1. Viv: As a writer, I know better than to ask whether the characters in your books are based on people you’ve known in real life. That said, both Riga and Iamo are both such distinctive people and are so vivid, I can’t help but wonder if they may be based on someone you’ve known. Are they solely the product of your imagination or have they roots in real life?

Ailsa: Yes. Riga is me when I was younger, military and more feisty! Iamo is a combination of many pagan men I have known and probably my “prototype nearly ideal”.

  1. Viv: How much does your own eclectic spiritual path inform your writing? Both Alchemy and Shaman’s Drum include magic, shamanism and also a variety of other alternative practices (and a rather fabulous nun, too). Are these things from the realms of your imagination or are they things you have explored yourself?

Ailsa: All the things I mention are paths I have explored myself. I have studied many religions and known practitioners. Obviously my own experiences colour my writing.

  1. Viv: Most writers veer between too many ideas and not enough. Which stage are you at right now?

Ailsa: Too many and an inability to get them down.

  1. Viv: When I am working on some writing, I usually start by lighting a candle, burning some sweet-grass or some incense and taking a moment to centre myself. Do you have any rituals that help with your writing?

Ailsa: No. I just get my backside in the chair and start. This is because when I get the urge, I have to go with it. Even stopping to light a candle would put me off.

  1. Viv: Many writers talk about The Muse. I’ve never managed to personify a muse for myself, and I’m not sure how helpful it would be to me. Do you have an entity that you look to as inspiration that you might term a Muse.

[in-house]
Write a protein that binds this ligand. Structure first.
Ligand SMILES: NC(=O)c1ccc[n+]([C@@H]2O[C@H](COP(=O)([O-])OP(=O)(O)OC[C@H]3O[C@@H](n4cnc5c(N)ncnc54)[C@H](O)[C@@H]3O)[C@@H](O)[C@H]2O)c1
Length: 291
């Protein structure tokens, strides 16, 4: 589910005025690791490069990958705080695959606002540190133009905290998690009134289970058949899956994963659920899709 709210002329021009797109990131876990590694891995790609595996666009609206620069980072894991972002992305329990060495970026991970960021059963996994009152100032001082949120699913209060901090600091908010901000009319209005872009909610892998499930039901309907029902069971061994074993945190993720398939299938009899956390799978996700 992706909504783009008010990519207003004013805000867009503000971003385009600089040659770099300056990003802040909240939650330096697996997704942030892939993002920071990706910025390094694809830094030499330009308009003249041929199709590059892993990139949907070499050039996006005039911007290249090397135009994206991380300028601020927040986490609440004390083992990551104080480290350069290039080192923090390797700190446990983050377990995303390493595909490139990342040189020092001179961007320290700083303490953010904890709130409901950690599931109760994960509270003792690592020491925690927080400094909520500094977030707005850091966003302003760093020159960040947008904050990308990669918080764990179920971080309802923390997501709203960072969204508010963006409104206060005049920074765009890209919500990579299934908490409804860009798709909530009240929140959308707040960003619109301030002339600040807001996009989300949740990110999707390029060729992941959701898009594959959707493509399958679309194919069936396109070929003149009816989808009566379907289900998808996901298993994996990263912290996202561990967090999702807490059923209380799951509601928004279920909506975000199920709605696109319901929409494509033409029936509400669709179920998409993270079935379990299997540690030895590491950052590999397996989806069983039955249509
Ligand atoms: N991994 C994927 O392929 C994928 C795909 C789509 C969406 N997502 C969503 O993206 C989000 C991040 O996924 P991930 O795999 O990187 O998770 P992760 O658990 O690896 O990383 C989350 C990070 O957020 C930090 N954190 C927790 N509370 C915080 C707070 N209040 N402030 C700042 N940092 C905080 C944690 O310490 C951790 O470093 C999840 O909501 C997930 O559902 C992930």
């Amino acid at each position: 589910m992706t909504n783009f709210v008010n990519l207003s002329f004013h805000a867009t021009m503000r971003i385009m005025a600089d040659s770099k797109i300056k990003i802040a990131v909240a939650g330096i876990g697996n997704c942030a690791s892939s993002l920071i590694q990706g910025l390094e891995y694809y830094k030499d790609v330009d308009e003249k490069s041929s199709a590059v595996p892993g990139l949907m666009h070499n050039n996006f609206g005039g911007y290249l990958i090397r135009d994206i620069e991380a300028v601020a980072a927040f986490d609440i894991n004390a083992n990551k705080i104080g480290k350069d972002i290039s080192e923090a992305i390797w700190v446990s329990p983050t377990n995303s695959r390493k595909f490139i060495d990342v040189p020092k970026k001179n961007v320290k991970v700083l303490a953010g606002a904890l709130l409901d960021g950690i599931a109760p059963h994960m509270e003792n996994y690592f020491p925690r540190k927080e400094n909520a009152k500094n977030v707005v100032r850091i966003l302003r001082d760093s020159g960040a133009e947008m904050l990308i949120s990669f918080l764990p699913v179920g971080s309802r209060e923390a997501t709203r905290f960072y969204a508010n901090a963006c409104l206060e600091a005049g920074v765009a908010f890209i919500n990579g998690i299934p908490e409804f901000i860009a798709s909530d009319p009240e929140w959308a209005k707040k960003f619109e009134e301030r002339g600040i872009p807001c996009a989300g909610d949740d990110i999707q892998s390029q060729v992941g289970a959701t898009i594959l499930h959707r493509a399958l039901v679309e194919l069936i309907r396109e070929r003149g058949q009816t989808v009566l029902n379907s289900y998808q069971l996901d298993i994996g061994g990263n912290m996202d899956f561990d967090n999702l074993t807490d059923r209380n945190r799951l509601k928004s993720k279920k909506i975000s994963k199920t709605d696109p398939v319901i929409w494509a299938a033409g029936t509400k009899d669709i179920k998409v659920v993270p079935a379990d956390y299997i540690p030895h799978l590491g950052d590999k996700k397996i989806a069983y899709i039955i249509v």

Ailsa: No, just my own imagination coupled with some time. Everything I see and hear is fodder for that.

  1. Viv: You had a very serious accident recently that came close to killing you. I would imagine this has put a serious crimp on your writing. It’s becoming well accepted that writing helps heal psychological hurts, but do you think it might also help the brain heal itself after trauma? In other words, have you begun writing Book Three and if so, how is it going?

Ailsa: Book Three is on its way but yes, brain trauma has slowed me down. I am back to writing but not as often and much more slowly than before.

Viv: Thank you very much indeed. All the very best to you and your writing!

BIO – Ailsa Abraham retired early from a string of jobs, ending up with teaching English to adults. She has lived in France for over twenty years and is married with no children but six grandchildren. Her passion is motorbikes which have taken the place of horses in her life now that ill-health prevents her riding. She copes with Bipolar Condition, a twisted spine and increasing deafness with her usual wry humour – “well if I didn’t have all those, I’d have to work for a living, instead of writing, which is much more fun.”. Her ambition in life is to keep breathing and maybe move back to the UK. She has no intention of stopping writing.

As Ailsa Abraham :

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Alchemy and Shaman’s Drum published by Crooked Cat

(Shaman’s Drum was nominated for the People’s Choice Book Award)

Four Go Mad in Catalonia – self-published, available from Smashwords

Twitter – @ailsaabraham

Facebook – Ailsa Abraham

Amazon Author Page

Web page

As Cameron Lawton